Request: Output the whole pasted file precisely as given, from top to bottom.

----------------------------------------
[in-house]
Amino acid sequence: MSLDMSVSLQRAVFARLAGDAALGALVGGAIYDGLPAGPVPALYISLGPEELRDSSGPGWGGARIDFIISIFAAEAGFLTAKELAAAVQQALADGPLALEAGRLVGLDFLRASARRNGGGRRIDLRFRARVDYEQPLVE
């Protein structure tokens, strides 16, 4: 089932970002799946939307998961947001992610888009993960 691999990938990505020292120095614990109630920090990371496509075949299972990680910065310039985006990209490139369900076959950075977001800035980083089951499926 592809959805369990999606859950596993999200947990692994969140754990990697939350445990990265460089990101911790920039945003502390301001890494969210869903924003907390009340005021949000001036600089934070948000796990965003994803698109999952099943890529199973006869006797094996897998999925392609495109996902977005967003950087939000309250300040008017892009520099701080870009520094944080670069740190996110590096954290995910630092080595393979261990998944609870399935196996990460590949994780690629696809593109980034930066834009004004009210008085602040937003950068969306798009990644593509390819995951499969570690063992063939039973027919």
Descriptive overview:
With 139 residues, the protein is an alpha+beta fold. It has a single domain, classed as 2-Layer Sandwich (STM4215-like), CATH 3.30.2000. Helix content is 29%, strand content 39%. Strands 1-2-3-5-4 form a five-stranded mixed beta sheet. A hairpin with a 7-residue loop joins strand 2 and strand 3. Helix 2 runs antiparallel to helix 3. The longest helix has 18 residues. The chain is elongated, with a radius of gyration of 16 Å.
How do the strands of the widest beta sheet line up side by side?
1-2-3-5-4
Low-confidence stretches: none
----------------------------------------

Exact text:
[in-house]
Amino acid sequence: MSLDMSVSLQRAVFARLAGDAALGALVGGAIYDGLPAGPVPALYISLGPEELRDSSGPGWGGARIDFIISIFAAEAGFLTAKELAAAVQQALADGPLALEAGRLVGLDFLRASARRNGGGRRIDLRFRARVDYEQPLVE
């Protein structure tokens, strides 16, 4: 089932970002799946939307998961947001992610888009993960 691999990938990505020292120095614990109630920090990371496509075949299972990680910065310039985006990209490139369900076959950075977001800035980083089951499926 592809959805369990999606859950596993999200947990692994969140754990990697939350445990990265460089990101911790920039945003502390301001890494969210869903924003907390009340005021949000001036600089934070948000796990965003994803698109999952099943890529199973006869006797094996897998999925392609495109996902977005967003950087939000309250300040008017892009520099701080870009520094944080670069740190996110590096954290995910630092080595393979261990998944609870399935196996990460590949994780690629696809593109980034930066834009004004009210008085602040937003950068969306798009990644593509390819995951499969570690063992063939039973027919």
Descriptive overview:
With 139 residues, the protein is an alpha+beta fold. It has a single domain, classed as 2-Layer Sandwich (STM4215-like), CATH 3.30.2000. Helix content is 29%, strand content 39%. Strands 1-2-3-5-4 form a five-stranded mixed beta sheet. A hairpin with a 7-residue loop joins strand 2 and strand 3. Helix 2 runs antiparallel to helix 3. The longest helix has 18 residues. The chain is elongated, with a radius of gyration of 16 Å.
How do the strands of the widest beta sheet line up side by side?
1-2-3-5-4
Low-confidence stretches: none